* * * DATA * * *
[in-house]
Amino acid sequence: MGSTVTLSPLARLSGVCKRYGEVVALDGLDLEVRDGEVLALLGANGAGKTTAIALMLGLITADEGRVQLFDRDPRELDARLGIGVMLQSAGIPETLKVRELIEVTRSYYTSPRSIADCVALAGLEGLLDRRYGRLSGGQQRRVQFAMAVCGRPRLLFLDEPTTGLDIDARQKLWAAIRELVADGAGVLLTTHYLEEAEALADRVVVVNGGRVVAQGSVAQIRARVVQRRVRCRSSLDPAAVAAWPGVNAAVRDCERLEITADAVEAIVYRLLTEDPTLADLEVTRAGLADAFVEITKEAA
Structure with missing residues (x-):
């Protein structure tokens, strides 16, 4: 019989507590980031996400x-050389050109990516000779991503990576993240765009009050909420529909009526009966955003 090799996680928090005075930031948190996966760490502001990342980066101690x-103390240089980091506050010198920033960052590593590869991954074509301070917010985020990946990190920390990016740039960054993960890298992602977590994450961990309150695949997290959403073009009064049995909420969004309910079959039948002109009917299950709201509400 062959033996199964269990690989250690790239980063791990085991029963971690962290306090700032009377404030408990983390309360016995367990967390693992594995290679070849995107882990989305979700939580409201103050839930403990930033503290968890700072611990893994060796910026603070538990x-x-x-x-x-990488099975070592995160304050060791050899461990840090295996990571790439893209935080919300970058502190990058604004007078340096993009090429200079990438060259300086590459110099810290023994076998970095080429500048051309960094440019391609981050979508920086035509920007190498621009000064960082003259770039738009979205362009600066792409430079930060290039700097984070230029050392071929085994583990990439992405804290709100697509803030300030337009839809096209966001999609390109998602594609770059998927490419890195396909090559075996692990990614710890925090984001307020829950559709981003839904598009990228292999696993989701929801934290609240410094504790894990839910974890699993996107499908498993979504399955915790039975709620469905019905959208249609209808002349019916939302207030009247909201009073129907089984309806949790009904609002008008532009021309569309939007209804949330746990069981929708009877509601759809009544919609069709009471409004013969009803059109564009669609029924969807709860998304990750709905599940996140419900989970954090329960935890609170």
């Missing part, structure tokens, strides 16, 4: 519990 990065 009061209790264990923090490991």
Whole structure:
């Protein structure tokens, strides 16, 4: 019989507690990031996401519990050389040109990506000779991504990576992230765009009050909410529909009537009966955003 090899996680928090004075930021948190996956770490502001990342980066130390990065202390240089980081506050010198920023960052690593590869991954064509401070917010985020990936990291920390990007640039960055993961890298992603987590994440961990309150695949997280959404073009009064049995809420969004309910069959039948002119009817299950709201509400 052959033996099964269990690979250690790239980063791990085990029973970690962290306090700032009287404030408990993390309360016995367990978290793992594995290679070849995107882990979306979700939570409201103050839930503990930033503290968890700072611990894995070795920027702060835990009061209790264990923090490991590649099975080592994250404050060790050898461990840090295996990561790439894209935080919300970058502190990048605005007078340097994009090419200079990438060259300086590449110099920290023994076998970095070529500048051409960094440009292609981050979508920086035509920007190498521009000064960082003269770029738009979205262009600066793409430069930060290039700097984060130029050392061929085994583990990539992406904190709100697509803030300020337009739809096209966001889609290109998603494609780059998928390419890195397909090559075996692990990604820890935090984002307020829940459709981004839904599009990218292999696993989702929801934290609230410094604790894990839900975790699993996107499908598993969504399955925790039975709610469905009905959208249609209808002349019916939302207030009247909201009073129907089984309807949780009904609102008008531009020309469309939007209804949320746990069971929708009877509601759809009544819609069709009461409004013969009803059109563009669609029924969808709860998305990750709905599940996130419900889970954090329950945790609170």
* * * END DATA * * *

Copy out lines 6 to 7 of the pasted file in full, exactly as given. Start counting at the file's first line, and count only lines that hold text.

Whole structure:
């Protein structure tokens, strides 16, 4: 019989507690990031996401519990050389040109990506000779991504990576992230765009009050909410529909009537009966955003 090899996680928090004075930021948190996956770490502001990342980066130390990065202390240089980081506050010198920023960052690593590869991954064509401070917010985020990936990291920390990007640039960055993961890298992603987590994440961990309150695949997280959404073009009064049995809420969004309910069959039948002119009817299950709201509400 052959033996099964269990690979250690790239980063791990085990029973970690962290306090700032009287404030408990993390309360016995367990978290793992594995290679070849995107882990979306979700939570409201103050839930503990930033503290968890700072611990894995070795920027702060835990009061209790264990923090490991590649099975080592994250404050060790050898461990840090295996990561790439894209935080919300970058502190990048605005007078340097994009090419200079990438060259300086590449110099920290023994076998970095070529500048051409960094440009292609981050979508920086035509920007190498521009000064960082003269770029738009979205262009600066793409430069930060290039700097984060130029050392061929085994583990990539992406904190709100697509803030300020337009739809096209966001889609290109998603494609780059998928390419890195397909090559075996692990990604820890935090984002307020829940459709981004839904599009990218292999696993989702929801934290609230410094604790894990839900975790699993996107499908598993969504399955925790039975709610469905009905959208249609209808002349019916939302207030009247909201009073129907089984309807949780009904609102008008531009020309469309939007209804949320746990069971929708009877509601759809009544819609069709009461409004013969009803059109563009669609029924969808709860998305990750709905599940996130419900889970954090329950945790609170």